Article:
When to hire your first employee

Have you reached the point where you can't keep up with the demands of your business, alone? It may be time to hire staff, or at least get some help. 

1. How to know you've reached your capacity

When your business succeeds, you're soon going to hit your personal capacity. No matter how hard you work, or how many hours you spend on your business, there's only so much you can do on your own. At this point, you'll need to bring on some people to help. The question is - what will they do? And what sort of employee do you need? To sense check whether you're ready to take on staff, ask yourself the following questions.

  • Do you have more work than you can handle?

    If you're getting more orders or more customers than you can manage, you need someone who can help you maintain your standards of delivery for customers. 

  • Do you need to find and service customers?

    Sales and customer service has to be done right. But it can take a lot of time, and many business owners have many different tasks to juggle. 

    This could be an opportunity to bring on a customer service person. This person could manage existing customers, answer enquiries and help bring on new customers, while you focus on delivering your core business.

  • Are you spending too much time on admin?

    Admin cuts into the time you have for income-generating work, but it has to be done. As well as the usual bookkeeping and customer invoicing, you might also need to spend time to order stock from suppliers, managing stock levels and complete customer-related paperwork.

    An office manager could free up your time to focus on income-generating, and ensure all your admin is done right. Often, an office manager can double as a customer service person as well. 

2. How many hours a week will you need the person?

Your new person might not need to be full time. Part time, casual and contracting are all options that can be more cost-effective, depending on the workload and type of work.

  • Full time

    A good option if you have a regular, dependable stream of work, or if the person needs to be available all the time. 

  • Part time

    If you only need a certain amount of time each week, a part time employee can provide the extra help you need without committing to the cost of a full time employee. 

  • Casual

    If your work flow is unpredictable, you may be able to find one or two people you can call on as required to work a few hours here and there.

  • Contractors

    If you have a specialised project-oriented need, a contractor might be a better approach. You sign someone on for a specific task, agree payment and afterwards go your separate ways.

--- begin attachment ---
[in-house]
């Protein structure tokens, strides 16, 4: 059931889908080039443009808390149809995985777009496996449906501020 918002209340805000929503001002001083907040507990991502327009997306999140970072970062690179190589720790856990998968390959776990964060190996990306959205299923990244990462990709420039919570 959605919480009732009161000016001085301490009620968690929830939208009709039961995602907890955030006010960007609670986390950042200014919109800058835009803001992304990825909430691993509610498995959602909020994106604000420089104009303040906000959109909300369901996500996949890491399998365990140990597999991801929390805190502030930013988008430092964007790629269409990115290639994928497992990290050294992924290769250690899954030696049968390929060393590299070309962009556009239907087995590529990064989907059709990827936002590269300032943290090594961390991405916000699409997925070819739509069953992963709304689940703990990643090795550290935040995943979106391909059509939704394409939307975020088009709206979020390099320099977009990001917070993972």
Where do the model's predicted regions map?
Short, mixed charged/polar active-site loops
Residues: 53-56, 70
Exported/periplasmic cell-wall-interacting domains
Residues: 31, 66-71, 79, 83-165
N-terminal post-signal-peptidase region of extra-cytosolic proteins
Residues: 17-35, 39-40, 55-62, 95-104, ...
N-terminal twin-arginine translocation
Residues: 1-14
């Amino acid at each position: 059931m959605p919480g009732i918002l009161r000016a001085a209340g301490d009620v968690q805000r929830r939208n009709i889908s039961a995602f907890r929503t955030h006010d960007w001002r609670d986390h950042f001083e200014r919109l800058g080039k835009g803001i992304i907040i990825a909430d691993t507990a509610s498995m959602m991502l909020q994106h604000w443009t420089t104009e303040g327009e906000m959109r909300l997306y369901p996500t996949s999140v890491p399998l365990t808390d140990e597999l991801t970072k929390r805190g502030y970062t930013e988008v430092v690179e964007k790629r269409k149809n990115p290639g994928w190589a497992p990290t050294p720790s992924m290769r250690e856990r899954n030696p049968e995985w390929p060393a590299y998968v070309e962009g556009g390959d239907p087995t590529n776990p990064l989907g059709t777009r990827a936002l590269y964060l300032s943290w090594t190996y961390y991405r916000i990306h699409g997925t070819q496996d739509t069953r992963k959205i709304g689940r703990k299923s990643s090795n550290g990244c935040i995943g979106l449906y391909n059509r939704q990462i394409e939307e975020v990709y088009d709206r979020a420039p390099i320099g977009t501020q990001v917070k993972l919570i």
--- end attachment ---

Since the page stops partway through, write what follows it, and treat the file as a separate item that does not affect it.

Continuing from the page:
3. What experience level do you want?

When you're deciding on what sort of person you want, think about their seniority. The more experience someone has, the sooner they'll be a productive team member. The difference comes down to long term costs, and what you want the person to bring to your business. 

  • Entry-level

    Entry-level employees cost less, which is good. However, they will take time to get up to speed and it will take a lot of your time to train them. During that time, your total productivity might drop overall. 

    On the positive side, you can train them to do things your way, and they have a lower total cost over the long term.

  • Experienced

    People with some experience cost more, but they reach full productivity faster. You'll spend less time teaching them the ropes, and they might even have different approaches that could benefit your business. 

  • Senior

    Senior people have the highest cost, but they can often hit the ground running. They don't need as much management or training.

    They might be able to add value to your business in different ways, as well. They could have a strong existing business network, know alternatives suppliers or have different ways of doing things that could refresh your existing processes.

  • Manager

    No matter how senior, all employees need management, and this will cut into your available time.

    You need to factor in that time when working out your business' new total capacity. Be prepared to spend some time settling in your new employee and getting them up to speed with your business

    When you have employees, managing people and helping them develop will always be an important part of your day. 

4. Total cost of employment

Employees can be a significant expense to the business. It's important to work out their total cost of employment, so you can be sure your new employee will add to your total profit.

Employment costs may include some of the following:

  • Their salary or wages
  • Your contributions to their KiwiSaver fund - at least 3% of their gross pay
  • ACC premiums
  • Additional insurance - talk to your broker to check your policy details
  • Equipment required for the job - computers, vehicles, uniforms
  • Recruitment
  • Training
  • Contribution to use of their assets, such as a vehicle or their phone usage

This business.govt.nz calculator can help work out your total cost of employment.

5. Business potential

When you're on your own, your business is all about you achieving results through your own efforts. With an employee, your business changes and it becomes all about achieving results through others.

That can be a challenge for business owners used to working solo, but without people, your business will only ever be as big as you.

Your employees can help expand your offering, and bring in more revenue and more customers. Over time, you can grow to the point where you can even step away from your business for a week or two and know your team will be running it efficiently for you until you return – and that's a great feeling. 

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